Doing it over and over

Riding day in and day out is also a daunting prospect if you have never done it before. Knowing how you feel after a one day event and how long it takes you to recover, makes the prospect of riding the very next day seem almost impossible. Once again simulation and practice to prepare your mind and body for the continuous riding is critical.

I had always done one day races, with one of the rewards being that after the race I could just rest for a few days. Especially the next day when you could sleep in and take it easy. But with multi day events you have to get up and do it all again. So I started to ride the very next day after any race event that I did. The biggest challenge was the mental one, to get up the next morning with a sore body and tired legs and go for a ride. However once I had done it a few times I started to realise that it was actually fine, yes there were pains but somehow you just get on with the job of pedalling and once you are warmed up it starts to feel fine.

The next challenge was to go the distance for several days in a row and that is where training camps come in. We put together our first training camp by ourselves, over a long weekend in December we planned 4 days of riding. Again we tried to put together the toughest days that we could and so we included our Big Ride as one of the days. The experience of having ridden the day before and then the day after the Big Ride and surviving, made me start to believe that maybe this 8 day event was actually within reach.

We also attended one of Spinmans training camps in Dullstroom. Here we got the chance to do some good climbing training and to meet some of the other riders to compare notes. It was a valuable experience, as we could measure our progress against some of the other riders. This experience again built some more confidence and we started to feel comfortable that we were going to make the 800+ Km of riding for our first Cape Epic.

Every year since then we have been hosting our own training camps.

Climb like a mountain goat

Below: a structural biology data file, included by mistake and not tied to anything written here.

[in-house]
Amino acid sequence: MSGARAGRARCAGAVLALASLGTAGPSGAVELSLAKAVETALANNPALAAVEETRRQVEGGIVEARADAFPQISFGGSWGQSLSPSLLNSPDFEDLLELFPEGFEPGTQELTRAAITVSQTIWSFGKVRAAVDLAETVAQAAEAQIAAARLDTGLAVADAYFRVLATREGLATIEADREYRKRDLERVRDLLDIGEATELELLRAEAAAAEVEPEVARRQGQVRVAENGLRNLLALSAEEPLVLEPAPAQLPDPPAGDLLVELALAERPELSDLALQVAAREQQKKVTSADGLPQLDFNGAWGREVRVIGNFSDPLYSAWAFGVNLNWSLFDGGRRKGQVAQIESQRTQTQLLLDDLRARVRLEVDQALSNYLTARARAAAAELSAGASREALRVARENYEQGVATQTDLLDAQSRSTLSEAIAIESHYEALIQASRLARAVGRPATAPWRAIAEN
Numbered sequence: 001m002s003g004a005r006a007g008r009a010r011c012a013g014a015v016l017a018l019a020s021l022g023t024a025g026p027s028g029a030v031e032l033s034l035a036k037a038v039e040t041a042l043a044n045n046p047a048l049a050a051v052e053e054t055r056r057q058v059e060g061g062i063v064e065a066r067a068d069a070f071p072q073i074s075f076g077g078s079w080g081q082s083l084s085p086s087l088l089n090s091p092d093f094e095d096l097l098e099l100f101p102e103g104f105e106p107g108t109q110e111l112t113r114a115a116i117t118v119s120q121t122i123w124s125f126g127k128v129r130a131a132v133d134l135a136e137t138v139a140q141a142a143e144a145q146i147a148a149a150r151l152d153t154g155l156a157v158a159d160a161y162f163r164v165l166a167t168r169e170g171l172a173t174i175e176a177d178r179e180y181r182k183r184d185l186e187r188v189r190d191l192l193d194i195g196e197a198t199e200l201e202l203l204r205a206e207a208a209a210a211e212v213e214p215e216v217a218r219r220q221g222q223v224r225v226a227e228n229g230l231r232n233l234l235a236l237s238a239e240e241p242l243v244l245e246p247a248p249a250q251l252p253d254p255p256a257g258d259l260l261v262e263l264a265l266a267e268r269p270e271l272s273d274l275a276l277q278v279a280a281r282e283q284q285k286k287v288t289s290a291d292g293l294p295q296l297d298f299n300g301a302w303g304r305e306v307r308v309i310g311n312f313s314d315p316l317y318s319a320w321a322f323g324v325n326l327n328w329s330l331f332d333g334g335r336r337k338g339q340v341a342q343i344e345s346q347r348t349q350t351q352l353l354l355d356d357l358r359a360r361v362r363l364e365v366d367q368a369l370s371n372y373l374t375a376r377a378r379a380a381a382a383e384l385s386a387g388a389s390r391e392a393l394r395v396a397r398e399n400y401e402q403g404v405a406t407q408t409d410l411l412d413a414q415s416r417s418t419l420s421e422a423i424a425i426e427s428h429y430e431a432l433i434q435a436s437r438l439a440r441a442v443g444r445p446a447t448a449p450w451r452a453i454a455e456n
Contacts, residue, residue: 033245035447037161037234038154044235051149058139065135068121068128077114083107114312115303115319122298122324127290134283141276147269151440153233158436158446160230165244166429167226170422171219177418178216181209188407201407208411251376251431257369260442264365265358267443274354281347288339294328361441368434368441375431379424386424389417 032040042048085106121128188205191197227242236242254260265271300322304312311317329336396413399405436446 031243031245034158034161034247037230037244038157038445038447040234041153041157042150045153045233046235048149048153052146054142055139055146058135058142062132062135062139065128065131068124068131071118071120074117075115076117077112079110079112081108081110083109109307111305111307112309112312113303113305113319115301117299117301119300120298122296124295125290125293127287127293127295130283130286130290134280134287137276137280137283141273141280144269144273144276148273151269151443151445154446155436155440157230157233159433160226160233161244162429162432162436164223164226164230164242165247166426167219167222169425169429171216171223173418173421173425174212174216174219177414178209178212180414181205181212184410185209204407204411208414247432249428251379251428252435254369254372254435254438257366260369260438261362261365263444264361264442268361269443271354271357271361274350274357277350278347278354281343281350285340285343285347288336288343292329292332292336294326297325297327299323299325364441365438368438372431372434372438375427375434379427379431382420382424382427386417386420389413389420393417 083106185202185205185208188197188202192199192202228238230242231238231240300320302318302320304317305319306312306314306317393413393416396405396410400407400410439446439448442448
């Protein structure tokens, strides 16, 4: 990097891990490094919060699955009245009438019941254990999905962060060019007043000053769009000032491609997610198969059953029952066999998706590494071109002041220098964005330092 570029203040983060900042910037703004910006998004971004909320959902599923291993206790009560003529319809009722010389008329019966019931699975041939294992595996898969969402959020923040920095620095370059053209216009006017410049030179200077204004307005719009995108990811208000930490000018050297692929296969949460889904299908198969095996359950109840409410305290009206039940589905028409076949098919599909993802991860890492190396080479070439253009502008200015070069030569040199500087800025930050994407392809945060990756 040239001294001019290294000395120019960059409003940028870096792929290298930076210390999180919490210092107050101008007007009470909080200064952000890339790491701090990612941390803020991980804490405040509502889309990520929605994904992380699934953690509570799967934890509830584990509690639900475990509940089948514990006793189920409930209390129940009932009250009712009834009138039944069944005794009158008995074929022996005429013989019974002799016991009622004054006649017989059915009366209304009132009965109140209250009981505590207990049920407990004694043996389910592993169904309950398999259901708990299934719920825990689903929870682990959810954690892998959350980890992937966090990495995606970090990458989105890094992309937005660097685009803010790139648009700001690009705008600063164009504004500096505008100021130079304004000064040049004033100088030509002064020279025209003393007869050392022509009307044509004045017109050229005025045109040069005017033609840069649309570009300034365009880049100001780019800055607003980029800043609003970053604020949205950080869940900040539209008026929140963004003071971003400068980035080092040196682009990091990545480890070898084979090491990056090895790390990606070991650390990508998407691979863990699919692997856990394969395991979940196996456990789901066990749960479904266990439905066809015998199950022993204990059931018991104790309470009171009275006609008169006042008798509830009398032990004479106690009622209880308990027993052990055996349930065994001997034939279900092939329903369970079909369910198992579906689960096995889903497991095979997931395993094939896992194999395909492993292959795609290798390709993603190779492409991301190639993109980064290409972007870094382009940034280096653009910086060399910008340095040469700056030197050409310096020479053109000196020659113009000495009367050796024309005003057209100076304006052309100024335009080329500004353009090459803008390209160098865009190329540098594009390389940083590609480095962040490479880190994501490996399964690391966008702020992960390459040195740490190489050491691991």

Mountain biking really is all about climbing and descending and even more so when you are doing a stage race like the Cape Epic where there are big mountain ranges to cross. Spending an hour or two or three on a mountain pedalling and/or walking to get to the top is not uncommon. The climbing on a typical Cape Epic day is often double that of an average one day marathon race. These long climbs take their toll on your legs and they mean more time in the saddle.

The ability to climb comfortably and consistently is a real benefit in completing the tough long days. The secret is to be able to get over the climbs without spending too much time above 80% of max heart rate. If you are able to do this then you will find yourself having enough energy left over to complete the days comfortably and not suffer from cramping and very sore and stiff legs. This should be practiced in training by adjusting your climbing speed so that you climb at a comfortable and controlled heart rate. It takes discipline and patience to climb like this and you need to resist the temptation to try to get over fast with lots of power. As you continue to practice this technique you will find it becomes easier as your fitness increases.

Every year as we prepare for the Cape Epic we apply these training guidelines. In addition to our heart rate training program we do some really Big Rides, we attend training camps and we make a point of doing long tough climbs. It is a recipe that proves itself time and time again.

If you have specific questions or comments then contact us, or discuss and share your experiences and advice for others to see at the Epic Guide Discussion.